Terraform Labs CEO Sent $7 Billion to Law Firm Before Ecosystem Collapse

South Korean prosecutors have confirmed that Terraform Labs CEO Do Kwon sent $7 billion to Kim & Chang, a top South Korean law firm, just before the collapse of the Terra ecosystem. The prosecutors believe that Kwon’s decision to send the funds was a deliberate move that allegedly reaffirmed his awareness of the impending collapse and anticipated legal problems. The law firm’s lawyers also visited Montenegro to meet with Kwon and Terraform’s former CFO, Han Chang-joon.

Kwon was previously arrested at Podgorica airport in Montenegro after trying to fly to Dubai using fake documents. Both United States and South Korean authorities have sought Kwon’s extradition, but the court has yet to decide. On April 7, South Korean prosecutors suspected Kwon of converting illicit funds from Terra (LUNA) to Bitcoin (BTC) and requested Binance to halt all withdrawal requests linked to Kwon.

In total, prosecutors identified $314.2 million in illicit assets associated with Terraform Labs co-founder Kwon and his associates, out of which about $69 million is reportedly directly linked to Kwon. The information regarding Kwon’s transfer of $7 billion to the law firm is expected to help in the ongoing fraud case against him and his associates.

The allegations against Kwon and his associates highlight the risks associated with cryptocurrency investments and the importance of transparency and accountability in the management of cryptocurrency projects. The case also highlights the role of law enforcement agencies in investigating and prosecuting financial crimes in the cryptocurrency industry.

The outcome of the ongoing fraud case against Kwon and his associates will have significant implications for the cryptocurrency industry, particularly in South Korea, where regulatory authorities have been cracking down on illegal activities in the sector. It remains to be seen how the case will unfold and what impact it will have on the future of Terraform Labs and the broader cryptocurrency ecosystem.


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Seoul Prosecutors Reveal Terra’s Do Kwon is Hiding in Europe

The exact location of Do Kwon, the founder, and CEO of the failed stablecoin company Terraform Labs, currently remains a mystery. However, South Korean prosecutors have identified that the wanted crypto fugitive may be in Europe, according to Bloomberg’s report on Friday.

The prosecutor’s office said Do Kwon is currently residing in Europe as his location has been partially discovered. The law enforcement agents said Kwon recently moved to a third country located in Europe—via Dubai.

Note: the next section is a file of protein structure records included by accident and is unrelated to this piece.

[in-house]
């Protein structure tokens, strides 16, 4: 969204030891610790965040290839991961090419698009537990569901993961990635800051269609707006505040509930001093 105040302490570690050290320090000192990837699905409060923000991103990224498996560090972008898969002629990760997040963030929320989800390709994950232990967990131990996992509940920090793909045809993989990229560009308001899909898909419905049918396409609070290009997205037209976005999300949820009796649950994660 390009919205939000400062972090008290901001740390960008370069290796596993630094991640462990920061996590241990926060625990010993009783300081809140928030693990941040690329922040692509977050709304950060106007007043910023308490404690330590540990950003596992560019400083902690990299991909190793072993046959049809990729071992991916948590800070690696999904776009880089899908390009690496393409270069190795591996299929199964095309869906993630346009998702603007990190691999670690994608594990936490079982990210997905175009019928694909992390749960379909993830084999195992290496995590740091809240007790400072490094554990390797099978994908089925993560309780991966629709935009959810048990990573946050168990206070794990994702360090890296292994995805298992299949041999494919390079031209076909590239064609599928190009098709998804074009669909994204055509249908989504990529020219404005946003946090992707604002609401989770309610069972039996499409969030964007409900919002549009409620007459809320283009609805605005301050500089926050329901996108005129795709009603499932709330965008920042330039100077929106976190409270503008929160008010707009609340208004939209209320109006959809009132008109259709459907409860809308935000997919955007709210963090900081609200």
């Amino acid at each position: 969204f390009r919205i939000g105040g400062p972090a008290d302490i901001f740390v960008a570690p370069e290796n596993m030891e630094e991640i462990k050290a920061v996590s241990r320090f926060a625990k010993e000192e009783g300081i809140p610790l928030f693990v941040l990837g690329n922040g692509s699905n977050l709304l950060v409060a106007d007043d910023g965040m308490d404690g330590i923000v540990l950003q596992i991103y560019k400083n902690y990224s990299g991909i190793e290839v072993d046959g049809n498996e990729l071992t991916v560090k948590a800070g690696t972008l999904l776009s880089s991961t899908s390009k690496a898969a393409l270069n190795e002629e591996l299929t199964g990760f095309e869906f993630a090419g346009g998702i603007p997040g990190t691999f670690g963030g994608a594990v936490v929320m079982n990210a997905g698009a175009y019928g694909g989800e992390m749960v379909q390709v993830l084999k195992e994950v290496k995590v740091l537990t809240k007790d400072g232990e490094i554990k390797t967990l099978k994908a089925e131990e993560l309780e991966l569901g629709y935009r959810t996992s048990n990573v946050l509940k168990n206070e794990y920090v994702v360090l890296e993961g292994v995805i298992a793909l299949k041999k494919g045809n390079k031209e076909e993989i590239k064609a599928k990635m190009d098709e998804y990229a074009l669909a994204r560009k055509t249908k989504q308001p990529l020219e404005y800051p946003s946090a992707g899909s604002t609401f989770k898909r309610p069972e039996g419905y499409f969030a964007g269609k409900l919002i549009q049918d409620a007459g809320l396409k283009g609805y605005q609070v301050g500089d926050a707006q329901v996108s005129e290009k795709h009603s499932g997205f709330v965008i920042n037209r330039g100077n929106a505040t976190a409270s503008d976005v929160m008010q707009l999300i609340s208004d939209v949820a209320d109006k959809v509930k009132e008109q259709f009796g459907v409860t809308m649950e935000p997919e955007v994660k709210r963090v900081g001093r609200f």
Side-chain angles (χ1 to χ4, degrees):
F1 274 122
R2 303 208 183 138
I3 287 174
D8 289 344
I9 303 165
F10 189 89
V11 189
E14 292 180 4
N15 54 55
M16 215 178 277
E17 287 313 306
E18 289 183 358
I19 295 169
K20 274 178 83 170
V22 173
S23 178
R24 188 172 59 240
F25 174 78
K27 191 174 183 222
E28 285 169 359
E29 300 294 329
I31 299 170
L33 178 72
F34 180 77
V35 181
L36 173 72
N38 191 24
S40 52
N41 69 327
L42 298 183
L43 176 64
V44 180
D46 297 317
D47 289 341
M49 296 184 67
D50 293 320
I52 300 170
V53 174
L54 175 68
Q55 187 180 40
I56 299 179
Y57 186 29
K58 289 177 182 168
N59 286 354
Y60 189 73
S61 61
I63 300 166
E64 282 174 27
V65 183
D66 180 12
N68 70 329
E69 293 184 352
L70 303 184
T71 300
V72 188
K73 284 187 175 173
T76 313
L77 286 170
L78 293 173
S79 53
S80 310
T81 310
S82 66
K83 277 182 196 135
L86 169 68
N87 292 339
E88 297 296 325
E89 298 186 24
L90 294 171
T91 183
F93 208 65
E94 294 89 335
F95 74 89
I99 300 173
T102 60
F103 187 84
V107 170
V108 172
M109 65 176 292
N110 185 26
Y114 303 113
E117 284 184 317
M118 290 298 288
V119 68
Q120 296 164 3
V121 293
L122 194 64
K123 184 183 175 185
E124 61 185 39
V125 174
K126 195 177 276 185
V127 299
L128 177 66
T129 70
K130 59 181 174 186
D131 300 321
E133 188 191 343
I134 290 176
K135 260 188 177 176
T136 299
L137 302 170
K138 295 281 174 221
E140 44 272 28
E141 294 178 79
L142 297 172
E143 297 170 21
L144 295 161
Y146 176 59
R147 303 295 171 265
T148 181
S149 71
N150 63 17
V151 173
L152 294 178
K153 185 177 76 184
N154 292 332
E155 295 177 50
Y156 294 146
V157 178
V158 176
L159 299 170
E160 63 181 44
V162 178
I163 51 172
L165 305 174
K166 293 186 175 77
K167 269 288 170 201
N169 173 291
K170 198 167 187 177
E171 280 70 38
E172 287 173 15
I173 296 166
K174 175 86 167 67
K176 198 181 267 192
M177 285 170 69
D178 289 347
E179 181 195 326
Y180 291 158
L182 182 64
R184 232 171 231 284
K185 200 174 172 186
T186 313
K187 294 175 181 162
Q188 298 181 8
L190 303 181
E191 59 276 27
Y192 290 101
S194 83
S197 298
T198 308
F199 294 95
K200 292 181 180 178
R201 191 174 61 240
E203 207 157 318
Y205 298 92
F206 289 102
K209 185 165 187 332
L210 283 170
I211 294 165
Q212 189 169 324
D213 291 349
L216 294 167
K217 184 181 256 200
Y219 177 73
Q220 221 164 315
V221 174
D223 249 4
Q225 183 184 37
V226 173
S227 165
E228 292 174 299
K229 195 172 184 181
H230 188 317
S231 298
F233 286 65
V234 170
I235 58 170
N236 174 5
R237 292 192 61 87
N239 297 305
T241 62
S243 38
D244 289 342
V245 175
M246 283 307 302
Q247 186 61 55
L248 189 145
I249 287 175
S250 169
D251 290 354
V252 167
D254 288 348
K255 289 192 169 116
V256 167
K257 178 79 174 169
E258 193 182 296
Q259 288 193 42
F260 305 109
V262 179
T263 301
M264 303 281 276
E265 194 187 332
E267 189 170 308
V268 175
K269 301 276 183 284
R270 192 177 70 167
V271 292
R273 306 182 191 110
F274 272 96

After the mess regarding the infamous TerraUSD’s collapse, Kwon fled South Korea and moved to Singapore in September. On September 17, South Korean prosecutors unearthed more details about Kwon’s movement, saying that the crypto developer had left Singapore and flown to Dubai likely as a stopover to destinations unknown. Now they are more certain that Kwon’s current residence is in Europe, as law enforcement continues digging for his precise location.

Besides efforts to trace Kwon’s location, the South Korean prosecutor’s office on Friday said they have obtained evidence indicating that Kwon had once ordered an employee to manipulate the price of Luna Classic (LUNC).

Price Manipulation Evidence

The prosecution office said they have obtained a “conversation history” in which “CEO Kwon specifically ordered price manipulation.”

During the last bull market, the price action of Terra’s LUNC, formerly Terra (LUNA), was undoubtedly one of the cryptocurrencies with the best performance.

According to data from crypto price and information data platform CoinGecko, LUNA surged in value by over 2,800% from $4.18 in late May 2021 to its all-time high of $119.18 on April 5 2022, before its dramatic collapse on April 30.

In early September, the Seoul Southern District Prosecutors’ Office issued an arrest warrant for Kwon and five others on charges of violating the country’s financial laws. The prosecutors issued various charges against Kwon and others including fraud and tax evasion. Kwon was believed to be in Singapore at that time as police said he was no longer in South Korea.

Later that month, Interpol issued a “red notice” for the search and arrest of Kwon. The move came after South Korean authorities had requested assistance from the global police agency to trace Kwon’s whereabouts earlier that month.

Kwon and his firm faced investigations by South Korea’s government after the value of his cryptocurrencies, Luna and TerraUSD, plummeted and contributed to a $300 billion crash across the crypto economy in May. The plunge caused massive losses among investors and led to calls for an inquiry into Kwon and his firm after allegations of fraud and tax evasion.

Image source: Shutterstock


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